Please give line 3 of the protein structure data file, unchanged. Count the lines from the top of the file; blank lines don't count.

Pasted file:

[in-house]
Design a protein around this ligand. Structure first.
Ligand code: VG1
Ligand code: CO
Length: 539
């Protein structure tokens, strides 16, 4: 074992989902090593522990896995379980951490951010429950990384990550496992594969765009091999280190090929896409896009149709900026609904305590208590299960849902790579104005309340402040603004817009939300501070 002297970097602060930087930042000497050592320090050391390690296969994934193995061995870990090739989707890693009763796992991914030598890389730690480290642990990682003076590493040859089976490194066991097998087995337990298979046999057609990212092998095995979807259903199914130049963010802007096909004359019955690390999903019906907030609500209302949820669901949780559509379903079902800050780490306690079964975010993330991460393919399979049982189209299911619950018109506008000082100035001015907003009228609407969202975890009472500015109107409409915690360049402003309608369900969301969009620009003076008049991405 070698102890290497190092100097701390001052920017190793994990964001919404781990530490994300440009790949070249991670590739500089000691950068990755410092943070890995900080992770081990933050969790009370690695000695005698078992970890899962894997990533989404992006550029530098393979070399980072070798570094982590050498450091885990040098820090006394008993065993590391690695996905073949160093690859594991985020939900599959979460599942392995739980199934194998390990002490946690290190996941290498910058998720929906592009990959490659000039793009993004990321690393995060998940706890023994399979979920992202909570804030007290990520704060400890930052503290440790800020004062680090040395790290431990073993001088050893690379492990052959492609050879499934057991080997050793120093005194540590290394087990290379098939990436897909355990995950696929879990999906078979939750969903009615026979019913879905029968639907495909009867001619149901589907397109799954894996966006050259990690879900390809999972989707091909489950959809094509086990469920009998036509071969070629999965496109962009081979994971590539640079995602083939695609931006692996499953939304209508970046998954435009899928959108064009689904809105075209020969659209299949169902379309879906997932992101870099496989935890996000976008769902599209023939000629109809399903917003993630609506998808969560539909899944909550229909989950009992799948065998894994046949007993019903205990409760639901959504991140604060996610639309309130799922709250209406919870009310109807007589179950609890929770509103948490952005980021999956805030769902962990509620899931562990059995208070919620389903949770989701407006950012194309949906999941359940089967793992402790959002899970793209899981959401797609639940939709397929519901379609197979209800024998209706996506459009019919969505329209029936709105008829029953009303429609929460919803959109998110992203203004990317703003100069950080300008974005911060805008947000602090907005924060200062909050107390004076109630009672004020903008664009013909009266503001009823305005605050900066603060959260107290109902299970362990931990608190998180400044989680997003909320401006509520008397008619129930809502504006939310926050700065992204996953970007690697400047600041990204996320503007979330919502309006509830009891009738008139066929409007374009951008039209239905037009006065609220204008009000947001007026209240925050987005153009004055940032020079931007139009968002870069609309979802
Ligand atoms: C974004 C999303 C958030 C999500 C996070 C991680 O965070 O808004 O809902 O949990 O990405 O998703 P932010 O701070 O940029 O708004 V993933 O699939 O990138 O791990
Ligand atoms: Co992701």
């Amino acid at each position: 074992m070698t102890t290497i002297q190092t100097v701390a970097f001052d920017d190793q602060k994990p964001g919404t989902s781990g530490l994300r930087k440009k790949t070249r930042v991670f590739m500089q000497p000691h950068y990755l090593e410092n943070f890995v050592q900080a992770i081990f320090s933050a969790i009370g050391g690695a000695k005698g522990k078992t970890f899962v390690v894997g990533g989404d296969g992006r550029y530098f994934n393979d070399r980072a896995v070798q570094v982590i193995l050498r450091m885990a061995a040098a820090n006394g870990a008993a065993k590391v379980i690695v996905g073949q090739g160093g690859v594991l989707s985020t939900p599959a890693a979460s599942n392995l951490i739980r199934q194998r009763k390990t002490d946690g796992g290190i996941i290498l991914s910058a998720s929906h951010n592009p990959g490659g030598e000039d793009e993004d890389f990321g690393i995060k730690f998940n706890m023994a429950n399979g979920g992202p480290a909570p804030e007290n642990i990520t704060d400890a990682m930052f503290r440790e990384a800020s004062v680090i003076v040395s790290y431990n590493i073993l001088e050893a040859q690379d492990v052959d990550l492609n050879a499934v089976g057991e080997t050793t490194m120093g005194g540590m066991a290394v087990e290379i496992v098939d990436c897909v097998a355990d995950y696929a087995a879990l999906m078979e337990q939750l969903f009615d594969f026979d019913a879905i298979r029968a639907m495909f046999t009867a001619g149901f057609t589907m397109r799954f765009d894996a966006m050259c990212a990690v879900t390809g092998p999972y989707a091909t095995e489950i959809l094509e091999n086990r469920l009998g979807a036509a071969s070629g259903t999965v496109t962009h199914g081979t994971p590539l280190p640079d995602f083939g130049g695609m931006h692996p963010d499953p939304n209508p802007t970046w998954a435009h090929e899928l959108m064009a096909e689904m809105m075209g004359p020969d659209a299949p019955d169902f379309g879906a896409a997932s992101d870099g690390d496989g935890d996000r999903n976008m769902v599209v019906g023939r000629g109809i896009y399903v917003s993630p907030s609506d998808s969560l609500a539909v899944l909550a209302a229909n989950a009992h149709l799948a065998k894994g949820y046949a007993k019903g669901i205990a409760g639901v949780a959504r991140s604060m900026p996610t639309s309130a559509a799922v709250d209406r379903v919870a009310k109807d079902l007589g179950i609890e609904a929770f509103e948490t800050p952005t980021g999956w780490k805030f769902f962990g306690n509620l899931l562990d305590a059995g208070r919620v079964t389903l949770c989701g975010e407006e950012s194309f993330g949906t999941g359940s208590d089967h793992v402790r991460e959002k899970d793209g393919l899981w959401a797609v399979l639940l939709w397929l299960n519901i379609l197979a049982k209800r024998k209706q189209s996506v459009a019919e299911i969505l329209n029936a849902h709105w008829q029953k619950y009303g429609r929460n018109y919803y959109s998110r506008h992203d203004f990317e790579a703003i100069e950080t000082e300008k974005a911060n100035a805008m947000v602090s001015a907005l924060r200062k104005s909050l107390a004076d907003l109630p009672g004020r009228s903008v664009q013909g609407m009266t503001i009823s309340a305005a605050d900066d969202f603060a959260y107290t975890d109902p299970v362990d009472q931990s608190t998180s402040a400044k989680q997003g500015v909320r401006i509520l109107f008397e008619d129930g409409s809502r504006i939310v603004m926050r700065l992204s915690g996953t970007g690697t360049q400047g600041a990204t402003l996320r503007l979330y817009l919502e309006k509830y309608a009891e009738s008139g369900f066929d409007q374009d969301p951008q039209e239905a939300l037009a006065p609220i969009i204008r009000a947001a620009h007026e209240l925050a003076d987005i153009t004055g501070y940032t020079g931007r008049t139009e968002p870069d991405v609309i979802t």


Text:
Ligand code: VG1